Why Does My Dog Bark?

Barking is your dog’s way of communicating with your family and other dogs. There are a number of things he may be trying to tell you including:

• “There’s someone at the door.”
• “Wanna play?”
• “My bowl is empty.”
• “It’s time for a walk!”
• “I’m bored.”
• “I miss you.”
• “Help! I’m scared!”
• “This bellyrub feels gooooood!”

How to Manage Barking
If you think your dog needs something like exercise or water in his bowl, call him to you. Have him sit, praise him and then do what he’s asking for; otherwise you’ll be rewarding barking, which will only lead to more barking.

If your dog’s needs are met and he’s still barking, try this: 

• Redirect your dog’s attention. Call him. Ask him to “sit” and “stay.” Reinforce with praise– when he obeys.

• If he does not stop barking (and many dogs won’t at first), clip his leash on and call him to you. Back away from whatever he is barking at, and keep calling until he focuses on you. When he does, praise him.

• You can also teach your dog when to bark and to be quiet. Praise desirable barking and use undesirable barking as a training opportunity to teach “Quiet”. As soon as your dogs stops barking say ”quiet” and immediately praise him. Practice this often until your dog learns the command and he should stop barking when asked to be quiet.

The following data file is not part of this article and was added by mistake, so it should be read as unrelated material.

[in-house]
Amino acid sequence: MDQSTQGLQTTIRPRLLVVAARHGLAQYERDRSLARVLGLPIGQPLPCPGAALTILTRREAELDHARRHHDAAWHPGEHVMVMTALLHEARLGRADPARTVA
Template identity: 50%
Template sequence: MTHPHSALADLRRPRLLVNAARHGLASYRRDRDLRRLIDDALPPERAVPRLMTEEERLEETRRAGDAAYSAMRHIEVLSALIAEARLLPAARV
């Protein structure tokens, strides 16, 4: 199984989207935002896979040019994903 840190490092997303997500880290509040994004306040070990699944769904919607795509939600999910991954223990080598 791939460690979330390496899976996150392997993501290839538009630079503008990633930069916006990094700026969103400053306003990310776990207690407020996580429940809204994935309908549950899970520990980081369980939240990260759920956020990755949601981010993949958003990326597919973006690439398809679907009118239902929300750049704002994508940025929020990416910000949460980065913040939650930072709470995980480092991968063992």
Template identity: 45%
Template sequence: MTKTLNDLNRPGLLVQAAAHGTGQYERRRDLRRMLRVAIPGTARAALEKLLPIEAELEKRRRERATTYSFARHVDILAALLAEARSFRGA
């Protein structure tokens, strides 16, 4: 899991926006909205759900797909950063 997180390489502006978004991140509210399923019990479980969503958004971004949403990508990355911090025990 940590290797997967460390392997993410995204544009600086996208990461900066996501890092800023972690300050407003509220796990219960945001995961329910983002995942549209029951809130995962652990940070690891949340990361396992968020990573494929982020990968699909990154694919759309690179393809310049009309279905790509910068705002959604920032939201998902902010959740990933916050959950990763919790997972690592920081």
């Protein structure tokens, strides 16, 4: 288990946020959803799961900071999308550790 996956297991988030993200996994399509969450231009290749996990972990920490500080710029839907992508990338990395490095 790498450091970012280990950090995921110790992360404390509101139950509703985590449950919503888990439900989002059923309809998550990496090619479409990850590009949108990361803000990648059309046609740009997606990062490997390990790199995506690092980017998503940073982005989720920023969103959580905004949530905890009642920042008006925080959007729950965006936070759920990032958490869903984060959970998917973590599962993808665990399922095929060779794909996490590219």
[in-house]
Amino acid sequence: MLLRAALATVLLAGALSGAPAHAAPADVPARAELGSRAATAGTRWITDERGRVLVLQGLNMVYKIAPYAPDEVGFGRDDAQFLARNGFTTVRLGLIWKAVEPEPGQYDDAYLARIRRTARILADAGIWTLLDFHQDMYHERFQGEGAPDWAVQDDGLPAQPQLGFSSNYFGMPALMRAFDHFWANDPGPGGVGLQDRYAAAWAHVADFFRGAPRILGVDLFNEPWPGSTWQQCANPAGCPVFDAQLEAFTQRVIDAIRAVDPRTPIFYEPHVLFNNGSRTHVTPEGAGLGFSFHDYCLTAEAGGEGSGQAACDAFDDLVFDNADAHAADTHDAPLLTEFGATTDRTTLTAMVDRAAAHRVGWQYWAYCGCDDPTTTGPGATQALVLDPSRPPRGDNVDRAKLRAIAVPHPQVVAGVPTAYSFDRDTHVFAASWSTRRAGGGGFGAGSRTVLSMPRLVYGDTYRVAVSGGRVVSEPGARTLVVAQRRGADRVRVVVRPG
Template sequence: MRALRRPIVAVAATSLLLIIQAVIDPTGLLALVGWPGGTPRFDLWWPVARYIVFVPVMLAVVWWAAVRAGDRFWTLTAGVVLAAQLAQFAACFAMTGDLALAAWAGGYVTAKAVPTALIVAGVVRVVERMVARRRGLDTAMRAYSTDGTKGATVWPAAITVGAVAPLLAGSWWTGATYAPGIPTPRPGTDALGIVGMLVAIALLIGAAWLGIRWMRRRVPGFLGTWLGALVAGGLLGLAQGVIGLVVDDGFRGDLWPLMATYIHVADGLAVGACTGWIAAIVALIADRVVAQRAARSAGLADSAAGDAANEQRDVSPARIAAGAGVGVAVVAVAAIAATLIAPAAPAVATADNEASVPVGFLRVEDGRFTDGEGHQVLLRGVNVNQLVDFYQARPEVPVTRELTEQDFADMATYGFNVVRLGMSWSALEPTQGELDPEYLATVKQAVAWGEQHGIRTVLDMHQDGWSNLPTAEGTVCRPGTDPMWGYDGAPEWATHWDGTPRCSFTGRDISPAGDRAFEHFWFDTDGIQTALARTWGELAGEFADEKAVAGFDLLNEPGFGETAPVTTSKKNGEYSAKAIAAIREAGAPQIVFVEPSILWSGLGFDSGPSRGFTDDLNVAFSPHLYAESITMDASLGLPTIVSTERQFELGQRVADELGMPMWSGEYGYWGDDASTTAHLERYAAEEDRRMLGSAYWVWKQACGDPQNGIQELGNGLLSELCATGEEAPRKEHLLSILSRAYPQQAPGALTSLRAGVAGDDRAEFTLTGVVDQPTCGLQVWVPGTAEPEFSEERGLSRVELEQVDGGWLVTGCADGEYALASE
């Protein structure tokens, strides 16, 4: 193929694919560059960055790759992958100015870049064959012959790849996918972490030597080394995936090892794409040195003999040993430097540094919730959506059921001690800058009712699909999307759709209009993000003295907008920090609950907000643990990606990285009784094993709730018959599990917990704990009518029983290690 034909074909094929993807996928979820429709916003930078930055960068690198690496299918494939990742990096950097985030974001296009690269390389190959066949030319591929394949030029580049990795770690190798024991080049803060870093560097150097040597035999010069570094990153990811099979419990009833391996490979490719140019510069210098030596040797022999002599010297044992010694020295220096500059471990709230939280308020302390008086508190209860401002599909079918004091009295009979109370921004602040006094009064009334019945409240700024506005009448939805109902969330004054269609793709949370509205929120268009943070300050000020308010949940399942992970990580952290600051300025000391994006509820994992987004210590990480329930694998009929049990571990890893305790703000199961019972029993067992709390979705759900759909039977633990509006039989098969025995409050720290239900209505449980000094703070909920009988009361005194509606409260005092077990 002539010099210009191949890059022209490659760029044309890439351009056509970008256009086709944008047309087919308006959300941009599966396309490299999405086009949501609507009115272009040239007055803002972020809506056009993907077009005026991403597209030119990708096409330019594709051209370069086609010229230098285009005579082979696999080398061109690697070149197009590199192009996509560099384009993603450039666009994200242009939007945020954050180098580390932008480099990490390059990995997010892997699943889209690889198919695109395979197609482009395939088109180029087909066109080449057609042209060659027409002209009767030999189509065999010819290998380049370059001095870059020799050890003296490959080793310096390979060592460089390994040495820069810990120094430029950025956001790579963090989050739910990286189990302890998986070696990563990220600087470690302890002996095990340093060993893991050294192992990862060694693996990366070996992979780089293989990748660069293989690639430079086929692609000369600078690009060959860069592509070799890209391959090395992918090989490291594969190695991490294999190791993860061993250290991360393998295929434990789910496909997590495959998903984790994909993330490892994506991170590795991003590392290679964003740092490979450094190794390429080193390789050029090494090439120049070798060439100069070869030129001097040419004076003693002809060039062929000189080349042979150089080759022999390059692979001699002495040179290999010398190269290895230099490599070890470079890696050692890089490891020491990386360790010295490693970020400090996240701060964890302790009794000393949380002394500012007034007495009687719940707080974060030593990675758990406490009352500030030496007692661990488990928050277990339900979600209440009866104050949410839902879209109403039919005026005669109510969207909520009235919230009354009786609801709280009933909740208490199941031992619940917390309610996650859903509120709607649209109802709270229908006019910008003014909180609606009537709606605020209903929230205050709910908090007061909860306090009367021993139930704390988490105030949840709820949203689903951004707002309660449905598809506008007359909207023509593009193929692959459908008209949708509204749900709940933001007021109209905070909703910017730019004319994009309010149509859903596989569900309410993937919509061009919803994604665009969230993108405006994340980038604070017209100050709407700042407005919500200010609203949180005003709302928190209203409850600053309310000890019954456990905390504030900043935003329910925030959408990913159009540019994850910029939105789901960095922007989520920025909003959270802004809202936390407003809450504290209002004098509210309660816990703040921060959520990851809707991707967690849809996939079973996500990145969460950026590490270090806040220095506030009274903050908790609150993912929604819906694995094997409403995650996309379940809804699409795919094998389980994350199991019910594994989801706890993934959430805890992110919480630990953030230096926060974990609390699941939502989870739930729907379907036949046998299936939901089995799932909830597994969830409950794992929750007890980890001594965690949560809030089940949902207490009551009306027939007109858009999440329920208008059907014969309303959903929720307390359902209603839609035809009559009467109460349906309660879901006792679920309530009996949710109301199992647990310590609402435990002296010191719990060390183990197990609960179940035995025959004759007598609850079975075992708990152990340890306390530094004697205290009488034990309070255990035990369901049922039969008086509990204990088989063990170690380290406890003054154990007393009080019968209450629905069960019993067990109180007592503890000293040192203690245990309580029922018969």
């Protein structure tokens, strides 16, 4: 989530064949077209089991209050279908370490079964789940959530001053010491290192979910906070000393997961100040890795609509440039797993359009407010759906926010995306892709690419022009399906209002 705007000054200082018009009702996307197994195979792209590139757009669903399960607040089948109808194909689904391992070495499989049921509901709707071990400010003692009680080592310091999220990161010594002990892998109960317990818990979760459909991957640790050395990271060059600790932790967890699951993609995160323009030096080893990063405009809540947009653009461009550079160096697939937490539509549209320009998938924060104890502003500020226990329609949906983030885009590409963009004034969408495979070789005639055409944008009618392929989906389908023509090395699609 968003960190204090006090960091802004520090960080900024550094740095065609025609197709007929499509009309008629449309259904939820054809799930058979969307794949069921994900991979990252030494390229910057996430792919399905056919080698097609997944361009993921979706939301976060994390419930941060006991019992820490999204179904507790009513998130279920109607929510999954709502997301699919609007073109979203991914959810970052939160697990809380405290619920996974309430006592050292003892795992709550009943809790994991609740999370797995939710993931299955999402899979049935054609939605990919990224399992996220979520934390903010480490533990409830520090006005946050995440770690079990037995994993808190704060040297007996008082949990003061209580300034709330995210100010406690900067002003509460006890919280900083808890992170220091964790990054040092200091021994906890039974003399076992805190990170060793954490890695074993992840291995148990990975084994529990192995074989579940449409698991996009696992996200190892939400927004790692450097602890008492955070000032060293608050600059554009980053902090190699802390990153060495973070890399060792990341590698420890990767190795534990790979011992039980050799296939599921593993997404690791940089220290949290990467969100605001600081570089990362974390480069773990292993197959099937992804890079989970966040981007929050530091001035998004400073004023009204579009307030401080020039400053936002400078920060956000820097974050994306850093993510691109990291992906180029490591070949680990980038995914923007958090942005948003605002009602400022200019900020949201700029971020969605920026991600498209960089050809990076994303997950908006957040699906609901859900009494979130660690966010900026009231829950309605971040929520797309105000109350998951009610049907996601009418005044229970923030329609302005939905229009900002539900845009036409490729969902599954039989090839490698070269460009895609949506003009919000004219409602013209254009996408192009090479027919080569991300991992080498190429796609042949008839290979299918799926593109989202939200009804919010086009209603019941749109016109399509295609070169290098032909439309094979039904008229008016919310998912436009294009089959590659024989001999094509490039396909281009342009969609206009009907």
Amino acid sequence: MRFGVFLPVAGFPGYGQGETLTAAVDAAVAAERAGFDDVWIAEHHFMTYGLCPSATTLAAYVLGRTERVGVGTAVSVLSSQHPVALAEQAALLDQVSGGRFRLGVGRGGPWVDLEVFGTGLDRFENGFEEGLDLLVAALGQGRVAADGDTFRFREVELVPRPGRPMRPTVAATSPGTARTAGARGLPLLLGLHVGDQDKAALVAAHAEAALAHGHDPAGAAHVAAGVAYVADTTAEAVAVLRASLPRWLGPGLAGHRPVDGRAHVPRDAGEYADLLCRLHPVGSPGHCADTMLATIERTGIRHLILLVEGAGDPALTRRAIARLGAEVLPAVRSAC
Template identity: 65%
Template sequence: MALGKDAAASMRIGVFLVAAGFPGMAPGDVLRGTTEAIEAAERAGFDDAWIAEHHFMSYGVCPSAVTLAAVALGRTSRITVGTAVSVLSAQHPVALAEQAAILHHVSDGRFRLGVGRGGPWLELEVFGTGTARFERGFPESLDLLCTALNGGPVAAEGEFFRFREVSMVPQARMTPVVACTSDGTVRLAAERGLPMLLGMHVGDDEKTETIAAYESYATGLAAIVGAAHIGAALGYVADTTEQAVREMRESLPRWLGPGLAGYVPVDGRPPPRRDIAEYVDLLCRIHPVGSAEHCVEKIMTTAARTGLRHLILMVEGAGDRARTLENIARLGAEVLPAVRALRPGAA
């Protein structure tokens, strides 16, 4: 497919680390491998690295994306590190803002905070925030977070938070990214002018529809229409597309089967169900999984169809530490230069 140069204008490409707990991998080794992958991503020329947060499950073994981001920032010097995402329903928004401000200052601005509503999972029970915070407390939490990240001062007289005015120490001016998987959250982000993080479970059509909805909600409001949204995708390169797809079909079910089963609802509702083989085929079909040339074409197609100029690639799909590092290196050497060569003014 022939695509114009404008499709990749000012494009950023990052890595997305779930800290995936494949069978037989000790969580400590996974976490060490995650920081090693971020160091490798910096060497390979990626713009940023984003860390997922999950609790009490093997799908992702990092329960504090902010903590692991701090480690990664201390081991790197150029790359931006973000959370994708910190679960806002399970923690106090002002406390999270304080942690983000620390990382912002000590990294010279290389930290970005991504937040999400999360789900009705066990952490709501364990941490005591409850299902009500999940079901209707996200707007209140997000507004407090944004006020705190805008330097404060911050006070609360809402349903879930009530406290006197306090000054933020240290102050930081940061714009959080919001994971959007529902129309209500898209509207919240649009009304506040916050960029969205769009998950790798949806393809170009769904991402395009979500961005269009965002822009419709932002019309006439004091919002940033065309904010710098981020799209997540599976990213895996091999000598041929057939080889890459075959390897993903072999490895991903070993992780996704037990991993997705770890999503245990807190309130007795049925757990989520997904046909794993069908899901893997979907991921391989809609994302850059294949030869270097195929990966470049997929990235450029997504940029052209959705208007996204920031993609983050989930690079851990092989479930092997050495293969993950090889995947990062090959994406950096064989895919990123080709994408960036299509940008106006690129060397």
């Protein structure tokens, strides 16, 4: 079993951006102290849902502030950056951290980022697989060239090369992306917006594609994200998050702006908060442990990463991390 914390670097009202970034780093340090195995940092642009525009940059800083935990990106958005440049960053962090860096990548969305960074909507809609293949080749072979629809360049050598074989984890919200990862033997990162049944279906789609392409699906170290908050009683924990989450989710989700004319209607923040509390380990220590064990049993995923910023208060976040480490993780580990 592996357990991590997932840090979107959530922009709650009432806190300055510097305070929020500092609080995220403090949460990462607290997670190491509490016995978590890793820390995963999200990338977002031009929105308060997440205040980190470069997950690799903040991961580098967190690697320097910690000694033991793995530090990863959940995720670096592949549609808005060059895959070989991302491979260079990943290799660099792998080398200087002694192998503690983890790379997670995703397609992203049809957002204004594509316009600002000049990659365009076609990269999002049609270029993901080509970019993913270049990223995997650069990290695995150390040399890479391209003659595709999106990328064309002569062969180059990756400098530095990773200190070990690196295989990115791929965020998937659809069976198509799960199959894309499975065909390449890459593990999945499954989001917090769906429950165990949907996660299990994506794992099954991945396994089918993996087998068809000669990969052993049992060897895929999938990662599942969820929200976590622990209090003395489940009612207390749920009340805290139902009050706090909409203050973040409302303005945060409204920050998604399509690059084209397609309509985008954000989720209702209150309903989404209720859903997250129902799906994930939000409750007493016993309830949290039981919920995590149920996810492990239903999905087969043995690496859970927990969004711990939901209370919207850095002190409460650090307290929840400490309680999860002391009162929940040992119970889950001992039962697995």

• Leave a radio on for your dog if he barks when left alone. This is good company for him and helps drown out outside noises.

Do’s and Don’ts
• DO make sure your family is giving your dog plenty of exercise and training everyday. A bored dog is more likely to bark.

• DO address barking immediately. If you just believe your dog will “give up” barking eventually and then you attend to him after a bout of prolonged barking, you may inadvertently be training him to bark louder and longer.

• DON’T leave your dog alone in the backyard for long periods; that can cause many dogs to bark.

Please remember — any action to stop barking must be made while the dog is barking. After-the-fact attempts at correction will only confuse your dog. Use a calm, firm voice. Avoid yelling, as your dog may think you are just joining in a barking game.

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